ABI Public Policy Priorities – Get Up to Speed, and Stay Up to Speed

February 13, 2023 | Iowa's Multi-Generation Companies are Built to Last JD Davis, Vice President, Public Policy, ABI, jddavis@iowaabi.org

Public officials in Iowa are listening to ABI members. By the second day of the 2023 Session, leaders of the Iowa House, Iowa Senate and Governor Reynolds had highlighted all four ABI priorities as shared goals. The ABI Board of Directors has established workforce, tort reform, property tax reduction and reform, and regulatory reform as ABI’s 2023 Legislative Priorities. Here’s an update on what’s happening with those priorities at the Capitol:

Workforce — Childcare, Housing, and Worker Education and Training 

To reduce overhead costs for childcare providers, Governor Reynolds proposes lowering the property tax for all childcare facilities to the residential rate, with a goal of making providing childcare more profitable.

To reduce locally incurred costs of building residential housing stock, the Senate is considering legislation to prohibit local ordinances from adding construction costs.

And, to meet the need for college educated workers in high demand vocations, the House is moving a bill that will provide tuition assistance to students at Iowa Regents institutions who are pursuing needed course work. The students would be paid again when they accept and hold a job in their field in Iowa.

Property Tax Reduction and Reform

Both the Iowa House and Senate have introduced property tax reform bills. Both chambers have identified this issue as a priority for 2023.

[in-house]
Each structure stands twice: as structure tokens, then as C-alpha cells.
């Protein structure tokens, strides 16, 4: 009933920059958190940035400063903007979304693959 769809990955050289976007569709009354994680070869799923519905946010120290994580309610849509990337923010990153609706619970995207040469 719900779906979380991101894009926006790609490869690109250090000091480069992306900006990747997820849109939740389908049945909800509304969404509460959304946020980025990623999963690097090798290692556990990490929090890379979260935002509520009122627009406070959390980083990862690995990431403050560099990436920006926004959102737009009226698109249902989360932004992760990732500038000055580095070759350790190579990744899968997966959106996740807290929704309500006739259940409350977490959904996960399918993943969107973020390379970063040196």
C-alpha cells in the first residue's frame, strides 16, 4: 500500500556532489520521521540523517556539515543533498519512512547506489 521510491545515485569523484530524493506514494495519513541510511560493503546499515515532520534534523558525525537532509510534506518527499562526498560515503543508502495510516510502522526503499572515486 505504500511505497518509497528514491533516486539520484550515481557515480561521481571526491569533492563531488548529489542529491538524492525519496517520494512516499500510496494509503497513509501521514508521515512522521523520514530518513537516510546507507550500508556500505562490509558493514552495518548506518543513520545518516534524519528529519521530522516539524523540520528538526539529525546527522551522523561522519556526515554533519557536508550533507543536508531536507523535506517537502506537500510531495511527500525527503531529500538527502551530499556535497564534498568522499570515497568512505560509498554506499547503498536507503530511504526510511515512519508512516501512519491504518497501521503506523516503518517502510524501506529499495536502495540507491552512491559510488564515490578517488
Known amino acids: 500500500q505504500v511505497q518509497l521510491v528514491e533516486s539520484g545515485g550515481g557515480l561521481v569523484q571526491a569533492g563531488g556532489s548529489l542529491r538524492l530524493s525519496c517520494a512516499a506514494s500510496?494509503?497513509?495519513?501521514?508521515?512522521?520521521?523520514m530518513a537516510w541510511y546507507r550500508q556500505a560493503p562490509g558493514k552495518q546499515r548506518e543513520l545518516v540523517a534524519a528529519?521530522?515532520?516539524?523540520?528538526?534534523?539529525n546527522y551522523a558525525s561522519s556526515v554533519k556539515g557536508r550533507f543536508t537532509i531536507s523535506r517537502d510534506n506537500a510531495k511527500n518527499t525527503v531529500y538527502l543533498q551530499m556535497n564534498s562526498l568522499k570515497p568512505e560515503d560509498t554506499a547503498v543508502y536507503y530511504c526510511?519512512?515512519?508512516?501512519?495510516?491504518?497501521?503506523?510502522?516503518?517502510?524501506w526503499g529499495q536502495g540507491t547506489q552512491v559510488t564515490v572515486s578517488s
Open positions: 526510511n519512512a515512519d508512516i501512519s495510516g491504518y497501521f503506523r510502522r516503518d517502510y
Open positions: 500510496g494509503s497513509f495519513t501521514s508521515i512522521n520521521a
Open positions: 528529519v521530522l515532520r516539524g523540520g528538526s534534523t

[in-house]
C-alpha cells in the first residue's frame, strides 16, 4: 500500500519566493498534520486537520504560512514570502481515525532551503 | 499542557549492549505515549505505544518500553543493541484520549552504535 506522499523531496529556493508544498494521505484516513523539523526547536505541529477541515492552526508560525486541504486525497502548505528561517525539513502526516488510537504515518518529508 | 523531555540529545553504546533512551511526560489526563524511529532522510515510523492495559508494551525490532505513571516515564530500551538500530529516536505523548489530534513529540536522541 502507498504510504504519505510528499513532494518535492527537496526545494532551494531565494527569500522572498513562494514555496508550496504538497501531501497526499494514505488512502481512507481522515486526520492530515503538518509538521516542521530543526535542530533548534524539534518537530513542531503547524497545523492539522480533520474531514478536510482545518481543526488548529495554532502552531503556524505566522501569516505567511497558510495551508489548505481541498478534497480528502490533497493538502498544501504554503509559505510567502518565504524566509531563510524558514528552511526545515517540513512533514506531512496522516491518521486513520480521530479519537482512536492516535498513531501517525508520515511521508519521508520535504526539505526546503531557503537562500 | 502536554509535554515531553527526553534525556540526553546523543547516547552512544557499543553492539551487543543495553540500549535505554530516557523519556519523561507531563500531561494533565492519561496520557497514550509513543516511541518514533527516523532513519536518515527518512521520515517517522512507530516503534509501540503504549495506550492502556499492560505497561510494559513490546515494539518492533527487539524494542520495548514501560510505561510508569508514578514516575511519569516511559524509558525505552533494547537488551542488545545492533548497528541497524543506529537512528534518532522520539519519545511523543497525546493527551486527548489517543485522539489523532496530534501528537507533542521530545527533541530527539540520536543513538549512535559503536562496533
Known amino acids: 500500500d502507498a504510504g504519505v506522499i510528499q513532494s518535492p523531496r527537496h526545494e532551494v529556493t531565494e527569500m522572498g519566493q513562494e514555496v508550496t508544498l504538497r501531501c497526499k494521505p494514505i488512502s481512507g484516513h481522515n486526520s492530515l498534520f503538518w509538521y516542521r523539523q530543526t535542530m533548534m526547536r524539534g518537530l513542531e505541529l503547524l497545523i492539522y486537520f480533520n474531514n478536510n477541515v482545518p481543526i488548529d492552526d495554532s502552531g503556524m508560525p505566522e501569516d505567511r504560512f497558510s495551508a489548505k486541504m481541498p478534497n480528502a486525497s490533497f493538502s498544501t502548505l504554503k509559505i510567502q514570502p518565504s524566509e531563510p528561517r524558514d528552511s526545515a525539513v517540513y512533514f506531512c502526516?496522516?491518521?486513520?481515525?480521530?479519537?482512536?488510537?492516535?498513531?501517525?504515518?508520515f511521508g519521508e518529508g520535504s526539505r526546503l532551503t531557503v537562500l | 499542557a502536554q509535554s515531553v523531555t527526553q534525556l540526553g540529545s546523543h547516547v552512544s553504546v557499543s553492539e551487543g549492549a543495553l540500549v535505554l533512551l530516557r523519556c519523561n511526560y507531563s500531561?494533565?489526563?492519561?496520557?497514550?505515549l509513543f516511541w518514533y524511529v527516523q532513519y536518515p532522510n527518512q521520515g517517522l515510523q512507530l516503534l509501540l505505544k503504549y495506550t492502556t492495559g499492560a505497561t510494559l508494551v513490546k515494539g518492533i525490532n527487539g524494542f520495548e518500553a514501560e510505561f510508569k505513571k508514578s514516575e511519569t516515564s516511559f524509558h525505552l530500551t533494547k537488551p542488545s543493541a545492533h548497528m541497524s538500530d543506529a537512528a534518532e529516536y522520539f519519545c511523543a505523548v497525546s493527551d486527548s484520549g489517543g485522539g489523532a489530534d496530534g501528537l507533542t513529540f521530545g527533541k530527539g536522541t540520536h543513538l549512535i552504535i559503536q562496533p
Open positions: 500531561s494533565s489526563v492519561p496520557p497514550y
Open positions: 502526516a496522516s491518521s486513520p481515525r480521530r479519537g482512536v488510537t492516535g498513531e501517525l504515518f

Tort Reform

The ABI Board of Directors has prioritized tort reform and recommends capping civil liability for non-economic damages. During her Condition of the State Address, Governor Reynolds called upon the legislature to pass tort reform to protect rural health care. House and Senate leaders share the priority and look to take early action on tort reform.

Regulatory Reform

Governor Reynolds has called for wholesale reorganization and modernization of state government, a task not undertaken since 1986. She seeks to reduce her cabinet from 37 to 16 department heads. Reynolds also signed an executive order to review all 20,000 pages of Iowa’s administrative rules and place a moratorium on any new rulemaking.

These are exciting times to advance the priorities of ABI with the leadership of our Board of Directors and strong leadership at the statehouse.

ABI members will want to stay up to date on the progress of ABI’s priorities by signing up for the biweekly Friday morning legislative updates. Please contact Michelle Vollstedt (mvollstedt@iowaabi.org) to do so.

To hear directly from our legislative leaders and the Governor, don’t miss Business Day in Des Moines on March 7. For more information, or to register, go to: www.iowaabi.org/events.